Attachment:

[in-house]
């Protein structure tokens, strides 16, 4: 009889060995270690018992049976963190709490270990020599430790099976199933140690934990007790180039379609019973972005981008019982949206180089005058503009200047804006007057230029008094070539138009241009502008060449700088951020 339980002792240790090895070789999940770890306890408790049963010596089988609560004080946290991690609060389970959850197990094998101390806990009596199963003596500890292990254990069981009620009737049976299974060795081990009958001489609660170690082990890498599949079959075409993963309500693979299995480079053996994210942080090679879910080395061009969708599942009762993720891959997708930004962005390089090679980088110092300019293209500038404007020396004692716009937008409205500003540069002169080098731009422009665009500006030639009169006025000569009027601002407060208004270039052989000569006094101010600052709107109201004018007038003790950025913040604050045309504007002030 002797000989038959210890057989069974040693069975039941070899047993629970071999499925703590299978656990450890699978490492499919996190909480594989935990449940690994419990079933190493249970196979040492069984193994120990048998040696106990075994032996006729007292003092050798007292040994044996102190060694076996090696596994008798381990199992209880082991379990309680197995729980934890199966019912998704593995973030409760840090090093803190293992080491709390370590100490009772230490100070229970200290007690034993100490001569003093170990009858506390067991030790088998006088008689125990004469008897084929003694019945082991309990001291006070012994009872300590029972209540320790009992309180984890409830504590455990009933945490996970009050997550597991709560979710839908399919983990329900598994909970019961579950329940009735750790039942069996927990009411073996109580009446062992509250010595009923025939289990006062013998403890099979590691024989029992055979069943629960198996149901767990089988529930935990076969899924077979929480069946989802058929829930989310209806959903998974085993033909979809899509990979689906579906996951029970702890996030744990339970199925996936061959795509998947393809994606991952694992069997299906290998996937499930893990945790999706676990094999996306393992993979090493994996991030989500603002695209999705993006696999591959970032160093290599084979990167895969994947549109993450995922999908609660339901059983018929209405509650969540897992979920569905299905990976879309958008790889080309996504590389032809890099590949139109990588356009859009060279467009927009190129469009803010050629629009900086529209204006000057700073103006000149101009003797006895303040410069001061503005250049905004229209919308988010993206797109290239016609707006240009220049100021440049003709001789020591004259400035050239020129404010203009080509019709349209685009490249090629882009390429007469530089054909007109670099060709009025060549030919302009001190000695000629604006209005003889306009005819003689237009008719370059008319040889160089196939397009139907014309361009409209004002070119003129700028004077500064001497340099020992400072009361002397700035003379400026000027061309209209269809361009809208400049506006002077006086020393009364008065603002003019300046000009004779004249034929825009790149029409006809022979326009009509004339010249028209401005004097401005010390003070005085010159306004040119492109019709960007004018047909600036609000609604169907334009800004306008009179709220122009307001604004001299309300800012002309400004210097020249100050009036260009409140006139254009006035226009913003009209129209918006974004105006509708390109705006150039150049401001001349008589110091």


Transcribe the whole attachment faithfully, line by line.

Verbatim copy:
[in-house]
């Protein structure tokens, strides 16, 4: 009889060995270690018992049976963190709490270990020599430790099976199933140690934990007790180039379609019973972005981008019982949206180089005058503009200047804006007057230029008094070539138009241009502008060449700088951020 339980002792240790090895070789999940770890306890408790049963010596089988609560004080946290991690609060389970959850197990094998101390806990009596199963003596500890292990254990069981009620009737049976299974060795081990009958001489609660170690082990890498599949079959075409993963309500693979299995480079053996994210942080090679879910080395061009969708599942009762993720891959997708930004962005390089090679980088110092300019293209500038404007020396004692716009937008409205500003540069002169080098731009422009665009500006030639009169006025000569009027601002407060208004270039052989000569006094101010600052709107109201004018007038003790950025913040604050045309504007002030 002797000989038959210890057989069974040693069975039941070899047993629970071999499925703590299978656990450890699978490492499919996190909480594989935990449940690994419990079933190493249970196979040492069984193994120990048998040696106990075994032996006729007292003092050798007292040994044996102190060694076996090696596994008798381990199992209880082991379990309680197995729980934890199966019912998704593995973030409760840090090093803190293992080491709390370590100490009772230490100070229970200290007690034993100490001569003093170990009858506390067991030790088998006088008689125990004469008897084929003694019945082991309990001291006070012994009872300590029972209540320790009992309180984890409830504590455990009933945490996970009050997550597991709560979710839908399919983990329900598994909970019961579950329940009735750790039942069996927990009411073996109580009446062992509250010595009923025939289990006062013998403890099979590691024989029992055979069943629960198996149901767990089988529930935990076969899924077979929480069946989802058929829930989310209806959903998974085993033909979809899509990979689906579906996951029970702890996030744990339970199925996936061959795509998947393809994606991952694992069997299906290998996937499930893990945790999706676990094999996306393992993979090493994996991030989500603002695209999705993006696999591959970032160093290599084979990167895969994947549109993450995922999908609660339901059983018929209405509650969540897992979920569905299905990976879309958008790889080309996504590389032809890099590949139109990588356009859009060279467009927009190129469009803010050629629009900086529209204006000057700073103006000149101009003797006895303040410069001061503005250049905004229209919308988010993206797109290239016609707006240009220049100021440049003709001789020591004259400035050239020129404010203009080509019709349209685009490249090629882009390429007469530089054909007109670099060709009025060549030919302009001190000695000629604006209005003889306009005819003689237009008719370059008319040889160089196939397009139907014309361009409209004002070119003129700028004077500064001497340099020992400072009361002397700035003379400026000027061309209209269809361009809208400049506006002077006086020393009364008065603002003019300046000009004779004249034929825009790149029409006809022979326009009509004339010249028209401005004097401005010390003070005085010159306004040119492109019709960007004018047909600036609000609604169907334009800004306008009179709220122009307001604004001299309300800012002309400004210097020249100050009036260009409140006139254009006035226009913003009209129209918006974004105006509708390109705006150039150049401001001349008589110091």